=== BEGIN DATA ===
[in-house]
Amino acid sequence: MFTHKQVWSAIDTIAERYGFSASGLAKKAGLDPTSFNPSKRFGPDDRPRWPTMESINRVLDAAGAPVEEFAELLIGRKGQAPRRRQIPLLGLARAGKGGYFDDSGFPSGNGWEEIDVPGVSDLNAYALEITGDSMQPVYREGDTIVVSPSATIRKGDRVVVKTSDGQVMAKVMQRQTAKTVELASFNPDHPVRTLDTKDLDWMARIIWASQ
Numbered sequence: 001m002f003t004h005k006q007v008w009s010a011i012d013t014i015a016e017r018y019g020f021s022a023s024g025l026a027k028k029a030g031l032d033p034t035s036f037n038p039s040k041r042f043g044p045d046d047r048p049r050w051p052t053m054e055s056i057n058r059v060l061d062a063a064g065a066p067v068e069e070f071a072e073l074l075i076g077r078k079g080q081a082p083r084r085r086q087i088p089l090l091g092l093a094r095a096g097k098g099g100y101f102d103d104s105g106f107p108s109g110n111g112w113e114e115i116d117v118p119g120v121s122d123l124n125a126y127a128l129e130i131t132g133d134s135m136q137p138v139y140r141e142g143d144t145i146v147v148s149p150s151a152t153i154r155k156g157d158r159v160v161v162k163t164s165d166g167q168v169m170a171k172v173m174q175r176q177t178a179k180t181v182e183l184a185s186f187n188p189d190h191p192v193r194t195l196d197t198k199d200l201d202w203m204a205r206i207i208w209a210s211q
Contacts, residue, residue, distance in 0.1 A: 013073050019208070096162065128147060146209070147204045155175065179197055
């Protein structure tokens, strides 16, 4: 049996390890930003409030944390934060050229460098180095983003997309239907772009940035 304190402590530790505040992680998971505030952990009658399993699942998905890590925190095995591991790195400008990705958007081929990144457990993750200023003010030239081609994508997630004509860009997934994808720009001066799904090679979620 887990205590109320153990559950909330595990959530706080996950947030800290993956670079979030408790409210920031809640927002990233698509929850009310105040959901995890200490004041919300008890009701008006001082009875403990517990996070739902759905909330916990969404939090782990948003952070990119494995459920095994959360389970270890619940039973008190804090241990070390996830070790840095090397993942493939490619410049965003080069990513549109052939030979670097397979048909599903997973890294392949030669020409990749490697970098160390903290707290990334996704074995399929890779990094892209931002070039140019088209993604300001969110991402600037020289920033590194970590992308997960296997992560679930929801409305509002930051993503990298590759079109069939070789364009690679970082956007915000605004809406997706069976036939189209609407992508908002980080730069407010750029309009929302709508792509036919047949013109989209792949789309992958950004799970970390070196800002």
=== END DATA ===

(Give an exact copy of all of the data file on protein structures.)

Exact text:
[in-house]
Amino acid sequence: MFTHKQVWSAIDTIAERYGFSASGLAKKAGLDPTSFNPSKRFGPDDRPRWPTMESINRVLDAAGAPVEEFAELLIGRKGQAPRRRQIPLLGLARAGKGGYFDDSGFPSGNGWEEIDVPGVSDLNAYALEITGDSMQPVYREGDTIVVSPSATIRKGDRVVVKTSDGQVMAKVMQRQTAKTVELASFNPDHPVRTLDTKDLDWMARIIWASQ
Numbered sequence: 001m002f003t004h005k006q007v008w009s010a011i012d013t014i015a016e017r018y019g020f021s022a023s024g025l026a027k028k029a030g031l032d033p034t035s036f037n038p039s040k041r042f043g044p045d046d047r048p049r050w051p052t053m054e055s056i057n058r059v060l061d062a063a064g065a066p067v068e069e070f071a072e073l074l075i076g077r078k079g080q081a082p083r084r085r086q087i088p089l090l091g092l093a094r095a096g097k098g099g100y101f102d103d104s105g106f107p108s109g110n111g112w113e114e115i116d117v118p119g120v121s122d123l124n125a126y127a128l129e130i131t132g133d134s135m136q137p138v139y140r141e142g143d144t145i146v147v148s149p150s151a152t153i154r155k156g157d158r159v160v161v162k163t164s165d166g167q168v169m170a171k172v173m174q175r176q177t178a179k180t181v182e183l184a185s186f187n188p189d190h191p192v193r194t195l196d197t198k199d200l201d202w203m204a205r206i207i208w209a210s211q
Contacts, residue, residue, distance in 0.1 A: 013073050019208070096162065128147060146209070147204045155175065179197055
């Protein structure tokens, strides 16, 4: 049996390890930003409030944390934060050229460098180095983003997309239907772009940035 304190402590530790505040992680998971505030952990009658399993699942998905890590925190095995591991790195400008990705958007081929990144457990993750200023003010030239081609994508997630004509860009997934994808720009001066799904090679979620 887990205590109320153990559950909330595990959530706080996950947030800290993956670079979030408790409210920031809640927002990233698509929850009310105040959901995890200490004041919300008890009701008006001082009875403990517990996070739902759905909330916990969404939090782990948003952070990119494995459920095994959360389970270890619940039973008190804090241990070390996830070790840095090397993942493939490619410049965003080069990513549109052939030979670097397979048909599903997973890294392949030669020409990749490697970098160390903290707290990334996704074995399929890779990094892209931002070039140019088209993604300001969110991402600037020289920033590194970590992308997960296997992560679930929801409305509002930051993503990298590759079109069939070789364009690679970082956007915000605004809406997706069976036939189209609407992508908002980080730069407010750029309009929302709508792509036919047949013109989209792949789309992958950004799970970390070196800002």